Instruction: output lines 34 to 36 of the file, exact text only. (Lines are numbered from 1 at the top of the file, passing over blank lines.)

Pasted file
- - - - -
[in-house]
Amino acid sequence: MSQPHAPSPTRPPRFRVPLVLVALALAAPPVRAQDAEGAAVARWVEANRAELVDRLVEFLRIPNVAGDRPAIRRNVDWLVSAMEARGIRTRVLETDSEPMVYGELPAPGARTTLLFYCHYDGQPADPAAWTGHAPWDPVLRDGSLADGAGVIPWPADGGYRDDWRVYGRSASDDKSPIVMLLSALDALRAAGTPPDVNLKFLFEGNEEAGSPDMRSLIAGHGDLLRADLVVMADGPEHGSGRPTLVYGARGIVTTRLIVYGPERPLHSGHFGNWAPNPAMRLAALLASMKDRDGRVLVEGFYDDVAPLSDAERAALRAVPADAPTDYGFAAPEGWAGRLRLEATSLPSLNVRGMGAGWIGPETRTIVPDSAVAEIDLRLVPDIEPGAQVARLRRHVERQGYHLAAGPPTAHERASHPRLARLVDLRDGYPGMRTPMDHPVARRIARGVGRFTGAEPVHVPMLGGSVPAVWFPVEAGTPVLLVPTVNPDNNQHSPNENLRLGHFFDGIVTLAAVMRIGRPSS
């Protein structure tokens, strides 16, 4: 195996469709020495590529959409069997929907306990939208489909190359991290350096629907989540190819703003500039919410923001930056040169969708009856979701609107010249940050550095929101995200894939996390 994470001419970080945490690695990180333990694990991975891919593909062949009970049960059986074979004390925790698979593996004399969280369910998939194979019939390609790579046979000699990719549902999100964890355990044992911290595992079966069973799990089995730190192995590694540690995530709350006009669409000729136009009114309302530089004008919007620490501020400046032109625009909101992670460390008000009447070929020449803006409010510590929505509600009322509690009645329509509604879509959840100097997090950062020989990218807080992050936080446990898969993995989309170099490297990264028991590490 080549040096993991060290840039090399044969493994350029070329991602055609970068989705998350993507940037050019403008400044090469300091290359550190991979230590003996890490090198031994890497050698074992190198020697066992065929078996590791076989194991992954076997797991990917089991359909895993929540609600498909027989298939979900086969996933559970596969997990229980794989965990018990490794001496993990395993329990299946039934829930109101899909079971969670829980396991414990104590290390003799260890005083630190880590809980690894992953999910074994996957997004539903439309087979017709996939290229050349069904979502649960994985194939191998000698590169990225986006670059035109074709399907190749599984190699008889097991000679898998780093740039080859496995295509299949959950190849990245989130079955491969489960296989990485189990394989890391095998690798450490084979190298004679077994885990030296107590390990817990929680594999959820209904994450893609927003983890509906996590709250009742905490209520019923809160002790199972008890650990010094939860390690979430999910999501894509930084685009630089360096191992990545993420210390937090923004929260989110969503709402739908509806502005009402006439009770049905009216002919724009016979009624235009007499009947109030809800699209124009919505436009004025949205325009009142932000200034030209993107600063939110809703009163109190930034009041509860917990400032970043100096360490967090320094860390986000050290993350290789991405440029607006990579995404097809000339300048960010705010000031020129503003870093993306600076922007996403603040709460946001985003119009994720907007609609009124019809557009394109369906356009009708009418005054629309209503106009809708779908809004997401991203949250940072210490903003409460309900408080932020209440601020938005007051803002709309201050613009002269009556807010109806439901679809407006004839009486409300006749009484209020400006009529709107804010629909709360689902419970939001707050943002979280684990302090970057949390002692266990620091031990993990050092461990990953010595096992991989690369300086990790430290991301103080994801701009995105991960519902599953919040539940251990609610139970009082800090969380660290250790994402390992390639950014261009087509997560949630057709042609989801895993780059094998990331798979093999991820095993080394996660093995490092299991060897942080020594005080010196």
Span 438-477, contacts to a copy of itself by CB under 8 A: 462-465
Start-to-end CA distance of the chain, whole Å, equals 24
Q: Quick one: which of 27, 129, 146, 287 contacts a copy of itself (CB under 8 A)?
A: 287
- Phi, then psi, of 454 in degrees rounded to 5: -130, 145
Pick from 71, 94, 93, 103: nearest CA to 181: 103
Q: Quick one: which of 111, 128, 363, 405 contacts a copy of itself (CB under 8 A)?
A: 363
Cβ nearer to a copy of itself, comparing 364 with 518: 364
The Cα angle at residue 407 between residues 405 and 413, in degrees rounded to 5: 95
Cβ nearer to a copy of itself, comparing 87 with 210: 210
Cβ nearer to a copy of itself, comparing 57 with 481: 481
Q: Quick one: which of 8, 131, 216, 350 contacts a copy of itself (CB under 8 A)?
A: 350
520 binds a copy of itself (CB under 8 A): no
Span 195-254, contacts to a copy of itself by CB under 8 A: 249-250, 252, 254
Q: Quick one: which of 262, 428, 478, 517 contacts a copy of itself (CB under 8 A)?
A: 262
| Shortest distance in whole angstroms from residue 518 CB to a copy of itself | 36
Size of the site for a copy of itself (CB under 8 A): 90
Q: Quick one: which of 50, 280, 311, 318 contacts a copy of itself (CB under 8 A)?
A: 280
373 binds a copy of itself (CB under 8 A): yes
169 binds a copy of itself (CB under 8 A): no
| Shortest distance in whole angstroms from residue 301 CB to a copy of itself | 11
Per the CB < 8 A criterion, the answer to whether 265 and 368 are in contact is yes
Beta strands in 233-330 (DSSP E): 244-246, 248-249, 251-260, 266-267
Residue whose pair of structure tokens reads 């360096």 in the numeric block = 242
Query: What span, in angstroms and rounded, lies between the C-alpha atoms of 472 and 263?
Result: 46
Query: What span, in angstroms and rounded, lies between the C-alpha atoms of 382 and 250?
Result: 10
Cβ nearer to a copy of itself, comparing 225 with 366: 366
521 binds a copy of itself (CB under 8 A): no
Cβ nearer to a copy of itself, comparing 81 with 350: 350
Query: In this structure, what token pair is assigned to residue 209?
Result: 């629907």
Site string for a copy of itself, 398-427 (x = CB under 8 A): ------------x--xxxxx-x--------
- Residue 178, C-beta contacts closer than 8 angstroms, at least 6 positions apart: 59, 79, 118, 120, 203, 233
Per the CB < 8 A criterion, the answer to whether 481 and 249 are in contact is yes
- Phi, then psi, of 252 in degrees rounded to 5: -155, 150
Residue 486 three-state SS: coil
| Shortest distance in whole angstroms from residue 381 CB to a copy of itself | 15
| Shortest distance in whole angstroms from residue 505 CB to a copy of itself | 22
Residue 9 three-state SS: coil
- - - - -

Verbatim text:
Query: What span, in angstroms and rounded, lies between the C-alpha atoms of 382 and 250?
Result: 10
Cβ nearer to a copy of itself, comparing 225 with 366: 366